The Buzz

FACT: One of the U.S. Navy's Most Heroic Stands Was at Leyte Gulf

It would have made very little difference to Sprague at that particular moment, but Kurita was having some harrowing thoughts of his own. When lookouts aboard Yamato first spotted the American ships at 6:44, he was as surprised as Sprague by the encounter. No one aboard Yamato could see that the carriers of the enemy task force were escort carriers and not fleet carriers. Kurita had already seen what American carriers could do and was shaken by the unexpected sight of still more of them off Samar.

He ordered his force to deploy from sailing in columns on course 170 to a circular antiaircraft formation on course 110. Before the command could be carried out, Kurita changed his orders, this time to “General Attack,” which threw his entire fleet into confusion. “No heed was taken of order or coordination,” his chief of staff reported. Instead of forming a battle line with his four battleships and six heavy cruisers, which would have allowed Kurita to bring all of his big guns to bear, he scattered his ships and his firepower. Because of the general attack order, each Japanese ship would operate independently, which dispersed Kurita’s advantage in gunnery.

Sprague did not know anything about Kurita’s confusion. He only knew that he had a large enemy force bearing down on his lightly armored carriers and escort vessels. At 7:01, he broadcast an urgent request, in plain language, for assistance. Admiral Thomas Stump, commander of Taffy 2, responded immediately. Taffy 2 was the nearest carrier force to Sprague, about 30 miles away. Admiral Thomas Sprague (no relation to Ziggy Sprague) also sent aircraft from Taffy 1, about 70 miles away. Admiral Stump sent words of encouragement to his friend. “Don’t be alarmed, Ziggy,” he shouted over the TBS (Talk Between Ships), “Remember, we’re in back of you—don’t get excited—don’t do anything rash!” His voice went up a level or two every time he spoke, making the officers on Fanshaw Bay’s flag bridge smile in spite of themselves.

The attacking Avengers went in singly or in small groups. They did not have time to form up in a coordinated attack. Whether they carried torpedoes or bombs, the Avengers made their runs without the benefit of strafing fighters to run interference for them.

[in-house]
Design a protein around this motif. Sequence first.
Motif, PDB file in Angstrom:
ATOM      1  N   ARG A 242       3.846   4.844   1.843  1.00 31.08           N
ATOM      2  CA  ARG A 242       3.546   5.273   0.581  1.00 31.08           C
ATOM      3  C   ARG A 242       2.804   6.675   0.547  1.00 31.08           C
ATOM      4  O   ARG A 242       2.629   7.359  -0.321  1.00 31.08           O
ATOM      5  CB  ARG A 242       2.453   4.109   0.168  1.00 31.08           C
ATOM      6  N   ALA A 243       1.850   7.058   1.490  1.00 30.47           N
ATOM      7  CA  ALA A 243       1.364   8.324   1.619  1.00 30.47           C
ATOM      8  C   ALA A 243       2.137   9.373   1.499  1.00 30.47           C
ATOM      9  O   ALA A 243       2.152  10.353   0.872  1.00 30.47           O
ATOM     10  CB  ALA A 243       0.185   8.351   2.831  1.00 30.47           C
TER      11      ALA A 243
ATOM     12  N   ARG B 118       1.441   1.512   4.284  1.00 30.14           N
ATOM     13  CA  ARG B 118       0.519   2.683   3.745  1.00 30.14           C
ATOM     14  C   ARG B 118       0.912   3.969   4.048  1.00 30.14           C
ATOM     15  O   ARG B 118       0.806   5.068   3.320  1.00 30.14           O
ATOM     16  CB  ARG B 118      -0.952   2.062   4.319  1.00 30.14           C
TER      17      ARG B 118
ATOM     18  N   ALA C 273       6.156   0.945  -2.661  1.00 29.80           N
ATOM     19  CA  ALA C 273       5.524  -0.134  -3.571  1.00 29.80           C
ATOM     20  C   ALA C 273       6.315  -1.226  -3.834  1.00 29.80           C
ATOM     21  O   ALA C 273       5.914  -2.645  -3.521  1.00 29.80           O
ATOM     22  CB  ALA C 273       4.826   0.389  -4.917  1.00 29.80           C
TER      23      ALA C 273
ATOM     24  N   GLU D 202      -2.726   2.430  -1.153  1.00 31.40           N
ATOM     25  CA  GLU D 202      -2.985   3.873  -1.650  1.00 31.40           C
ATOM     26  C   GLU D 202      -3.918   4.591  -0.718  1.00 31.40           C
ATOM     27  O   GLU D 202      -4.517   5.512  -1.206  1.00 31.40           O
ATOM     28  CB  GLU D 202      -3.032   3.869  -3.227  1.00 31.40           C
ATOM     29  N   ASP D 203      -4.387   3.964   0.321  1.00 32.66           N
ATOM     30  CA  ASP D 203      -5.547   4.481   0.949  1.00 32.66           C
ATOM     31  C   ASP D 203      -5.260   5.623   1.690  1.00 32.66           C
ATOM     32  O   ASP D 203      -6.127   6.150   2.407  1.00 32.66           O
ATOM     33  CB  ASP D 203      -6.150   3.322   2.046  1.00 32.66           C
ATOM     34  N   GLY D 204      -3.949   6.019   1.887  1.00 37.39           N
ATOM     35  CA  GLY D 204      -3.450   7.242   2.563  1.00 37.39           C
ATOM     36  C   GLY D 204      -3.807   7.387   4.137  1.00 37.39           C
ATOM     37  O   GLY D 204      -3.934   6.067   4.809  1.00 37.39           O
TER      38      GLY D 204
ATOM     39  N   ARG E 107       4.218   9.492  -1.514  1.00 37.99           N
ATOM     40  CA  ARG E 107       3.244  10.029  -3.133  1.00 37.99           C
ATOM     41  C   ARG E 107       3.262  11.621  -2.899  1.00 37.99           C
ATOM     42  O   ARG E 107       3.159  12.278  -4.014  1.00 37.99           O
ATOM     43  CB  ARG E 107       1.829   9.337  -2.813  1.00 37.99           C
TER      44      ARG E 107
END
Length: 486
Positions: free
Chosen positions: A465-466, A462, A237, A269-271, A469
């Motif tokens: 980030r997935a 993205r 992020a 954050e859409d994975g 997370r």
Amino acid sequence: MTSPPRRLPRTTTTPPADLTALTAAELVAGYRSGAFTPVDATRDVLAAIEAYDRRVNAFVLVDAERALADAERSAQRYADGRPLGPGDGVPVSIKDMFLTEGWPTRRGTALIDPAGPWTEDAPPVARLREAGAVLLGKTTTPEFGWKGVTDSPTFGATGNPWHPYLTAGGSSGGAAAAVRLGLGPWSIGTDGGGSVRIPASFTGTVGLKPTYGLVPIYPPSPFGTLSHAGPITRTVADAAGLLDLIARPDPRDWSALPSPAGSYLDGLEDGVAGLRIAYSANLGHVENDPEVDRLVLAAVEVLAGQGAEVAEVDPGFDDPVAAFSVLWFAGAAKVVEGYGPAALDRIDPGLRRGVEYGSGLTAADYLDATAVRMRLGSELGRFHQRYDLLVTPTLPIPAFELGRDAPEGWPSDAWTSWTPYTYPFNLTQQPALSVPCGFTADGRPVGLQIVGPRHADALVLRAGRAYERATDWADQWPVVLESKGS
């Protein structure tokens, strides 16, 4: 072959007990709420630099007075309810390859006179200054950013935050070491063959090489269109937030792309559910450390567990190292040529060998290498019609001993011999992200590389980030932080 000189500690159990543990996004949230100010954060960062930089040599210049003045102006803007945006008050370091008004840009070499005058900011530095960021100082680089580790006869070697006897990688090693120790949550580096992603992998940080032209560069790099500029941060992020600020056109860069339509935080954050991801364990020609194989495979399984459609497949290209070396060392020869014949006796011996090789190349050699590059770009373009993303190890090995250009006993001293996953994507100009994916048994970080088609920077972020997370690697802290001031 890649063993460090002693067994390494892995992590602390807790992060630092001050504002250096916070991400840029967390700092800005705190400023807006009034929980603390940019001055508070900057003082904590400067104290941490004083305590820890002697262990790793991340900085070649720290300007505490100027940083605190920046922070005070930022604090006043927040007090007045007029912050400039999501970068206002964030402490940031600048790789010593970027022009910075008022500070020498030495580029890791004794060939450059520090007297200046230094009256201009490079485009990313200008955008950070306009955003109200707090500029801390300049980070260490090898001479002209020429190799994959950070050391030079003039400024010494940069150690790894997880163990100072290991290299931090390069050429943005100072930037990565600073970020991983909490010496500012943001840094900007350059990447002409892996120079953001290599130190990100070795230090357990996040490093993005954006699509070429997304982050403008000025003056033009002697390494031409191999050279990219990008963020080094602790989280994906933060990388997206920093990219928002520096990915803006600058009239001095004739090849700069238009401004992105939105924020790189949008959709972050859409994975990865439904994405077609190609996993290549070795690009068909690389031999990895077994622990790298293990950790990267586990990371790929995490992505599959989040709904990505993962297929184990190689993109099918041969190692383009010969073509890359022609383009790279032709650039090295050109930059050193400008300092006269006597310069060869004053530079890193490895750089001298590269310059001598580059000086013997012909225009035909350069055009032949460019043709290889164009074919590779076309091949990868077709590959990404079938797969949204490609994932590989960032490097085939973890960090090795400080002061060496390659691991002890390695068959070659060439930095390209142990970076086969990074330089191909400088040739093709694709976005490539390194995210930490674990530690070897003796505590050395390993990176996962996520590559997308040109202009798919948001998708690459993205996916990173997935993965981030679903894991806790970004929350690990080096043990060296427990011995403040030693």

By 7:30, just about every one of Taffy 3’s operational aircraft had been launched. The heavy cruiser Suzuya was one of the first Japanese warships to come under attack. The cruiser was hit several times and, according to one report, was “slowed down.” All aircraft in the Leyte Gulf area were ordered to attack Admiral Kurita’s Center Force. Six Avengers armed with torpedoes and 20 fighters attacked at 8:30, along with aircraft that had already been launched from the escort carriers.

But these planes were very hurriedly armed and launched and had no time to coordinate their movements, either. Even so, their attacks were aggressive and constant. Most of the Avengers were armed with torpedoes until the supply of torpedoes ran out. Then they were sent out with bombs—any kind of bombs that were available, including 100-pound all-purpose bombs that were designed for hitting small land-based targets.

After they dropped their bombs, the pilots made dry runs on the enemy ships to distract the Japanese gunners. The commander of Gambier Bay’s air group flew his Avenger through enemy flak for two hours after he dropped his bombs. The pilots of the Wildcat fighters were sent in to strafe “with the hope that their strafing would kill personnel on the Japanese warships, silence automatic weapons, and, most important, draw attention from the struggling escort carriers.” When their ammunition ran out, the fighter pilots also resorted to dry runs to harass the enemy. One pilot made 20 strafing runs, 10 of them without ammunition.

Five planes of Gambier Bay’s air group circled the Japanese fleet for 20 minutes looking for a hole in the clouds that would allow them to make their runs against the big ships. While they were waiting for their chance, the pilots watched a group of Avengers and Wildcats going after the battleships. “The attacks were well executed,” observed the flight leader. But there were too few aircraft, and the Avengers had bomb loads that were too dissimilar, usually too light, to do any real damage.

Japanese officers were inclined to disagree with this assessment. “The bombers and torpedo planes were very aggressive and skilful and the coordination was impressive,” a Japanese officer told his American interpreter after the war, “even in comparison with the many experiences of American attacks we had already had, this was the most skilful work of your planes.”

In addition to his carrier’s air groups, Sprague also sent his destroyers and destroyer escorts against Kurita’s force. The normal job of these screening warships was to protect the escort carriers from submarines, but now they would be performing a completely different task.

The Johnston, under Commander Ernest E Evans, was a Fletcher-class destroyer (along with Heermann and Hoel) and would be one year old in two days’ time. Evans opened fire at 7:10; his target was the Japanese cruiser Kumano. Johnston fired more than 200 rounds at the cruiser, and numerous hits were observed. The Japanese ships returned fire. Enormous splashes of four or five different colors erupted around the destroyer.

American warships had a distinct advantage in gunnery over the Japanese due to the radar-controlled Mark 37 Fire Control System and the Ford Mark I Fire Control Computer. The radar-directed system gave Johnston efficient firing solutions for her 5-inch guns, which allowed her gunners to hit their target repeatedly in spite of the greater range of the enemy warships. Japanese gunners had to rely on their colored dye markers from initial salvos to find the range.

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